Z-Wave is one of the most popular protocols used for home automation. Despite that, it seems there is still a lot of confusion over the different standards that devices can be certified with and still be "compatible with Z-Wave". Indeed there is Z-Wave, Z-Wave Plus, and Z-Wave Long Range, just to name the bigger ones. What's the difference? What should you buy? In reality, there isn't much for you as a consumer to do as manufacturers will almost certainly be certifying their devices with the latest standard. There are significant improvements in each newer one though, so it's worth upgrading older equipment if you have any!
Building a smart home is exciting, so it isn't surprising that many will want to jump straight into the fun of purchasing devices and setting up automations. However, spending a bit of time planning how things will come together can save a lot of time and money in the long run. The issue is often the same, what works at first doesn't always scale up to larger configurations involving many more devices. Let's take a look at some of the problems with only using WiFi in a smart home.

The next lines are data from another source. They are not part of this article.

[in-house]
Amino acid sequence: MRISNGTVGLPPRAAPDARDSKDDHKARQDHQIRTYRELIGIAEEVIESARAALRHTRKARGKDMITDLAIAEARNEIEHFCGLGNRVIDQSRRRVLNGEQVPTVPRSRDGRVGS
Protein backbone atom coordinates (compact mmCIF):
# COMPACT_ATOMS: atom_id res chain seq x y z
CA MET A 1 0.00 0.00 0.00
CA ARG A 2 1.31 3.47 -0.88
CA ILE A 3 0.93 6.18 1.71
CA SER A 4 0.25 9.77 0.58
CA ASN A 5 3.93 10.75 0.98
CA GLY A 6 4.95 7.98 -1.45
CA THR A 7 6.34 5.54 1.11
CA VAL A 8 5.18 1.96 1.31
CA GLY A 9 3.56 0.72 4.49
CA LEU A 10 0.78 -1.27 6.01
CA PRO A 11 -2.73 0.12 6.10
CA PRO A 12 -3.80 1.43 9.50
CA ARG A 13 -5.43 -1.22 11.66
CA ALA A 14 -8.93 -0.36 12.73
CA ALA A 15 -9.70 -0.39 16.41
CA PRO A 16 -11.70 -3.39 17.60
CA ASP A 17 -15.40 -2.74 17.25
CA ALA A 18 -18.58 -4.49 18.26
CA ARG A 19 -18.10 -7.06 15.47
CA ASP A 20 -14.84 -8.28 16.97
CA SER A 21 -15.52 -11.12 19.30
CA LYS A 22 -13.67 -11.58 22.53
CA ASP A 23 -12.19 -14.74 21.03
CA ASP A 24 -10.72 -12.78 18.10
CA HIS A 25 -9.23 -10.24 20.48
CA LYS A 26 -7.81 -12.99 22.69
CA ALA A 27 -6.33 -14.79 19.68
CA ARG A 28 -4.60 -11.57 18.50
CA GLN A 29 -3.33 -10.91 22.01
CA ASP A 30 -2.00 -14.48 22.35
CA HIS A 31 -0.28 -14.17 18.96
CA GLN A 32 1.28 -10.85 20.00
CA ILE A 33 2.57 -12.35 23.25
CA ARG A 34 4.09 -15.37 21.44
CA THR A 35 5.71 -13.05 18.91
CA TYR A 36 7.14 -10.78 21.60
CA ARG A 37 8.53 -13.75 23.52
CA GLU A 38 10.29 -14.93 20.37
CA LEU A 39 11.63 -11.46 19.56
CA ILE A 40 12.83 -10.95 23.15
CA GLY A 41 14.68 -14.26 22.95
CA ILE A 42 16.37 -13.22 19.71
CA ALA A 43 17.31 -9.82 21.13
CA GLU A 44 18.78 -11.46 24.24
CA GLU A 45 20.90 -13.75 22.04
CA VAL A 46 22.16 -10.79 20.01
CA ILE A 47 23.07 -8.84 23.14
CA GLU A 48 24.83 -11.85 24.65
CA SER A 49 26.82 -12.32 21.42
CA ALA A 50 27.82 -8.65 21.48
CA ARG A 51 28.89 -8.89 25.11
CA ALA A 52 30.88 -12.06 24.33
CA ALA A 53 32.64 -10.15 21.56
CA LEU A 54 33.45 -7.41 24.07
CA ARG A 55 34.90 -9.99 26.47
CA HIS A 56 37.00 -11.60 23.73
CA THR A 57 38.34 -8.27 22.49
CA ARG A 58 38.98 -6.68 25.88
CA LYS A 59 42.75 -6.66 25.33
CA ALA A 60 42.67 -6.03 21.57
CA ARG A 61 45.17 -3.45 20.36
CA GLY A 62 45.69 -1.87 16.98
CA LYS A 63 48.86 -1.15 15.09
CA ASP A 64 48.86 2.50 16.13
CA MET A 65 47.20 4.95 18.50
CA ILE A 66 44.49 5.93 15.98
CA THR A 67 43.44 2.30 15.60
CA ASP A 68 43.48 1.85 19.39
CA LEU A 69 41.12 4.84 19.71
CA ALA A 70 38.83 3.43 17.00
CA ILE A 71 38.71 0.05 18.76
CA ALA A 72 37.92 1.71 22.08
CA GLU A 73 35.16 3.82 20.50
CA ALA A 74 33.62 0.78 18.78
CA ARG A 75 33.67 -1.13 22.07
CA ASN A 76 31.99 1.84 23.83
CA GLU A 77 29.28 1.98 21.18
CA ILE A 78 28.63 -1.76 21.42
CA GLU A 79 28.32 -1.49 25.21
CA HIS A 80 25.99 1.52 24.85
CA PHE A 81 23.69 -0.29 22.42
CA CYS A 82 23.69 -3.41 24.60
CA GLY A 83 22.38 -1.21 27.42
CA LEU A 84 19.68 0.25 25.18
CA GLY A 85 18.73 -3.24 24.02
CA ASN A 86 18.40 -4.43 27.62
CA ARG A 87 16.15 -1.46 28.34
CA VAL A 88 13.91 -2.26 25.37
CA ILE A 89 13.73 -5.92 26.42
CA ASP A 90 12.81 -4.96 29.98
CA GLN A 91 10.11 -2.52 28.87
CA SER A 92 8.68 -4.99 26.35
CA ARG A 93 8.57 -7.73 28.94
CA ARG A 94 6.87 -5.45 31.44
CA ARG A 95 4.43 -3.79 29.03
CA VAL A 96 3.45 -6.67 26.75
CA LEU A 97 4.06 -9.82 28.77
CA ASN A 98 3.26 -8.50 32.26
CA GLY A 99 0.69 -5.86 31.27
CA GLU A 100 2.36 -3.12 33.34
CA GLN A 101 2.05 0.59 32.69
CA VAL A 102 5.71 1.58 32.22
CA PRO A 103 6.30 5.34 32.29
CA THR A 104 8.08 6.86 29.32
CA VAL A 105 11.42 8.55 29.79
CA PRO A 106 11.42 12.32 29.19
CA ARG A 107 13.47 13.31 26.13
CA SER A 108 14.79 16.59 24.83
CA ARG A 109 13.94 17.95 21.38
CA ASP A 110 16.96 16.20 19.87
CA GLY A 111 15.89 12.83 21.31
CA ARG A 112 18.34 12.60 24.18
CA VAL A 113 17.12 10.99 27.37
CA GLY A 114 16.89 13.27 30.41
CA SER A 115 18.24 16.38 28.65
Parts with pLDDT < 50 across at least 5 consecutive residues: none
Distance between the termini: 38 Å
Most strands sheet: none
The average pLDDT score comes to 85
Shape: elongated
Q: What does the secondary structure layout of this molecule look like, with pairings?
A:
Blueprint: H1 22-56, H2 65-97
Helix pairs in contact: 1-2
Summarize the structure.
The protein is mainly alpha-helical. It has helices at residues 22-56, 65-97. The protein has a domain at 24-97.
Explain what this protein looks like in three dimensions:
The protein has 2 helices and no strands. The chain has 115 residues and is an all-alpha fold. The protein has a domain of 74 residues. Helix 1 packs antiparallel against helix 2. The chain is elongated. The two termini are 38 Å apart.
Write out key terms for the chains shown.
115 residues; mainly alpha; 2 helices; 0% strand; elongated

Historically, Z-Wave has been one of the major players in the smart home industry, but with the rise of WiFi products, many may wonder: is Z-Wave is dead? The short answer is no. A longer answer is that there are many contributing factors to the stability of Z-Wave in the smart market, most of them have to do with power consumption, certification, and network configuration. What the surge in protocol options means for you is that it is more important than ever to carefully analyze each technology to select the best one for your smart home.
Usually, when looking for smart devices, we look for the best bang for the buck deal available. It isn't unusual to find options that cost anywhere in the range of 10$ - 100$, depending on what kind of device it is. However, this is a list of some of the most expensive smart home devices that are available right now, along with a few reasons you might actually consider getting them.
There is often a lot of confusion over the neutral wire within smart homes. This is because many devices, especially smart light switches, require a neutral wire to function correctly. However, when homeowners remove the light switch, there is no neutral wire in the box! What gives? Is there any way to install a smart switch despite this? Yes, but it involves some planning and careful consideration.